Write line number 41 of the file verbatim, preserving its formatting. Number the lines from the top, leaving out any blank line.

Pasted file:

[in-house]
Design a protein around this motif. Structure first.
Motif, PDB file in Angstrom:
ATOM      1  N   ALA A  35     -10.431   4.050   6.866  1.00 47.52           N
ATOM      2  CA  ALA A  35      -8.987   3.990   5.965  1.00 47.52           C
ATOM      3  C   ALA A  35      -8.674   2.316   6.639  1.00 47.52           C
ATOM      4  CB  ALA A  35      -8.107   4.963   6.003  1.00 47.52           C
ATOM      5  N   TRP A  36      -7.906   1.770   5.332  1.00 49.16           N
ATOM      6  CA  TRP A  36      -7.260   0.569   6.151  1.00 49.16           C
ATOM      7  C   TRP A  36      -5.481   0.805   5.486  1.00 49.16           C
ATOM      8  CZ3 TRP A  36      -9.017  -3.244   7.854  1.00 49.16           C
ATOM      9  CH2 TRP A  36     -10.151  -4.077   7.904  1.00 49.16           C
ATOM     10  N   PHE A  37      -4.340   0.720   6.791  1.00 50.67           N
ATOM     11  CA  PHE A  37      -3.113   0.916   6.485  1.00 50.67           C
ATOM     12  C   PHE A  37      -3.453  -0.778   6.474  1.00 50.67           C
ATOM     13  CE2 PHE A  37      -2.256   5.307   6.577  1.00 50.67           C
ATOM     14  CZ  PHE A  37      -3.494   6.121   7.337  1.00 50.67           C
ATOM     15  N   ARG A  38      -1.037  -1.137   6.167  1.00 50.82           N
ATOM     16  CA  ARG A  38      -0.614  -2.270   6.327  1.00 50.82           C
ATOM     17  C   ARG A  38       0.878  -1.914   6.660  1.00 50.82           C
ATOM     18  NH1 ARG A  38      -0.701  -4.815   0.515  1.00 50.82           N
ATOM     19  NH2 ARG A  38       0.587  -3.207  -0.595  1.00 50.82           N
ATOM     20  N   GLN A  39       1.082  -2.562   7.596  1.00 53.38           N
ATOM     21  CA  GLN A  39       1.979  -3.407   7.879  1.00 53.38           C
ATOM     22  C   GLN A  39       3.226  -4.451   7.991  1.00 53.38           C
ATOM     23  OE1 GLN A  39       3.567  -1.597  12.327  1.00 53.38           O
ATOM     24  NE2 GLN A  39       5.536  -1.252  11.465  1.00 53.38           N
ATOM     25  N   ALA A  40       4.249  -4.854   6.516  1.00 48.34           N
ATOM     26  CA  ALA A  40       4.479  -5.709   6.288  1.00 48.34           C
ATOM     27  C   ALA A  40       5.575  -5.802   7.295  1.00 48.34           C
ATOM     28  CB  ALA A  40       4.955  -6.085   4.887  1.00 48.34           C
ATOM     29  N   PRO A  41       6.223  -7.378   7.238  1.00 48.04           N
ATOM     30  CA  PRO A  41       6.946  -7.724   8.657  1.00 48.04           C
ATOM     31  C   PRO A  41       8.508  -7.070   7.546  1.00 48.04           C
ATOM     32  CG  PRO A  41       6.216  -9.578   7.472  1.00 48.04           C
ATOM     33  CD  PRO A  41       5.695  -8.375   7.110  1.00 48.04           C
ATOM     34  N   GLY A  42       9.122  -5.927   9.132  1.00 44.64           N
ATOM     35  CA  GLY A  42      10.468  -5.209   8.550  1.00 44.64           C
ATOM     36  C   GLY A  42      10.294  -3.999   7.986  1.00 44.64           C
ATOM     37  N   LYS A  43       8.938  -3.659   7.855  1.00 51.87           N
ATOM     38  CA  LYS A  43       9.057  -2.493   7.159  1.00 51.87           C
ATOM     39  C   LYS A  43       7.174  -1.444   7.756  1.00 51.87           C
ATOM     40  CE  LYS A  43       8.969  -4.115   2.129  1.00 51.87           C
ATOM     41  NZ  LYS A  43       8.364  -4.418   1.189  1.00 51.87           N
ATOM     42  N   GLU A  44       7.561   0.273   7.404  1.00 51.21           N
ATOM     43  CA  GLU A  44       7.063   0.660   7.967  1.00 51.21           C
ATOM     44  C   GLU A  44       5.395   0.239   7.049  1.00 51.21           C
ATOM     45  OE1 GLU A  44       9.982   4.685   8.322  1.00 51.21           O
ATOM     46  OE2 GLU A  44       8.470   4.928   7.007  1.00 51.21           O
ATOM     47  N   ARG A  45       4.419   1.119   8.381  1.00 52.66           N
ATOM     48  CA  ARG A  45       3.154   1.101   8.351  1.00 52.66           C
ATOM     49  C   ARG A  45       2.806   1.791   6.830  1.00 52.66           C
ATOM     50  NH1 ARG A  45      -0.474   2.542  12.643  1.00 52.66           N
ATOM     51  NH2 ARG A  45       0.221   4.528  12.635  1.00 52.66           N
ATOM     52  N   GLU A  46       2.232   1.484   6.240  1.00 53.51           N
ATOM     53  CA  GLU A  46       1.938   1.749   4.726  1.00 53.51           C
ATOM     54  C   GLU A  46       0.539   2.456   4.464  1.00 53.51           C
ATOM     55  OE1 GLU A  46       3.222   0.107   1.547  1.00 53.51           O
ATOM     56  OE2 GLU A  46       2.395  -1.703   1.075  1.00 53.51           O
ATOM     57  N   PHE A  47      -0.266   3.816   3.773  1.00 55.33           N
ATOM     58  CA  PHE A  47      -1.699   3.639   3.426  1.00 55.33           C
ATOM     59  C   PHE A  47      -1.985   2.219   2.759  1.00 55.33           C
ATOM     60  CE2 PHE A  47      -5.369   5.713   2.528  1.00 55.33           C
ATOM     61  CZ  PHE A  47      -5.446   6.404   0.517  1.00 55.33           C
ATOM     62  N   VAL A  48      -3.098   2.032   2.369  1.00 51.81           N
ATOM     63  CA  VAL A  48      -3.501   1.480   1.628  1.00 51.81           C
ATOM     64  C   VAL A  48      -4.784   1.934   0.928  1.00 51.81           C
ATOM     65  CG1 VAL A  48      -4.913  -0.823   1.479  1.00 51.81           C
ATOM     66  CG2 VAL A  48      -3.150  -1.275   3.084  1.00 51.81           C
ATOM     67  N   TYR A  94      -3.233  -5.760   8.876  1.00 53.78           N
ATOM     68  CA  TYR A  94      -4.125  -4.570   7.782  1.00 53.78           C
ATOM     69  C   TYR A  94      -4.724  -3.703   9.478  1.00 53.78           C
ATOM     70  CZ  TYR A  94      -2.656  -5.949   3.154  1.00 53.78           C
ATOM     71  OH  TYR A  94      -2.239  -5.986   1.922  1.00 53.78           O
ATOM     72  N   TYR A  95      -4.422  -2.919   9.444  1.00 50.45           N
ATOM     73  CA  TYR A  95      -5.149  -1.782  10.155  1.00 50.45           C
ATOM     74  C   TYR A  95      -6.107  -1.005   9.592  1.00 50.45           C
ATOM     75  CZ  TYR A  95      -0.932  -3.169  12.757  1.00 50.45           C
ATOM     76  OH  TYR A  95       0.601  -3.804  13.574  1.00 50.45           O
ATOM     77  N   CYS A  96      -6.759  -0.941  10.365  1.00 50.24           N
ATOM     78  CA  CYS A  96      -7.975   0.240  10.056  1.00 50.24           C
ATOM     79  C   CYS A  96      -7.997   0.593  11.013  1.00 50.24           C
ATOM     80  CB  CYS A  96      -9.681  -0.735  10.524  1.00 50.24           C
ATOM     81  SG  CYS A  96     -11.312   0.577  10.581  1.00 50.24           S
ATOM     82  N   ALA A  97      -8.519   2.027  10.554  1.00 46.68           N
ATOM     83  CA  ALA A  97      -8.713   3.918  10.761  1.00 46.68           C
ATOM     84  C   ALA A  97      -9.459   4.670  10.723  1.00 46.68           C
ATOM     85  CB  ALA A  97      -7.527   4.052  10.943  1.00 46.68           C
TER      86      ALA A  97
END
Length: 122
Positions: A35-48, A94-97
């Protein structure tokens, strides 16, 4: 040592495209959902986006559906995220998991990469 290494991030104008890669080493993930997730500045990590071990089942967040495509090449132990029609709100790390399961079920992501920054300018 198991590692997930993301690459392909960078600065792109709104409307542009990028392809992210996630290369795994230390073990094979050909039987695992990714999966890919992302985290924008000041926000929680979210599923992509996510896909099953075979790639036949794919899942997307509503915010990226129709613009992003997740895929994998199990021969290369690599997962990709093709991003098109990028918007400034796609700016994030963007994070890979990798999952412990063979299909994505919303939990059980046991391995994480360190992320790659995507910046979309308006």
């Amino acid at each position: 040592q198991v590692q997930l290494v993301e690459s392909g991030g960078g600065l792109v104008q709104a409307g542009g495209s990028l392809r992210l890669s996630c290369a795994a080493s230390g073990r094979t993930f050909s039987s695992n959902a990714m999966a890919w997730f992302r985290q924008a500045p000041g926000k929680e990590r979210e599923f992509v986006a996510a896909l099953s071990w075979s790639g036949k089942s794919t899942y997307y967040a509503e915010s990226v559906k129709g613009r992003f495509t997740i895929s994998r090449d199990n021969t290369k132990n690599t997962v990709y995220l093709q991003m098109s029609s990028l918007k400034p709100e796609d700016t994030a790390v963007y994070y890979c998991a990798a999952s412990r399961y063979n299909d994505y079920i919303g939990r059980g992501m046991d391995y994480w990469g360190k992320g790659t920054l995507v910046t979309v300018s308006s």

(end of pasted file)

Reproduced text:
ATOM     38  CA  LYS A  43       9.057  -2.493   7.159  1.00 51.87           C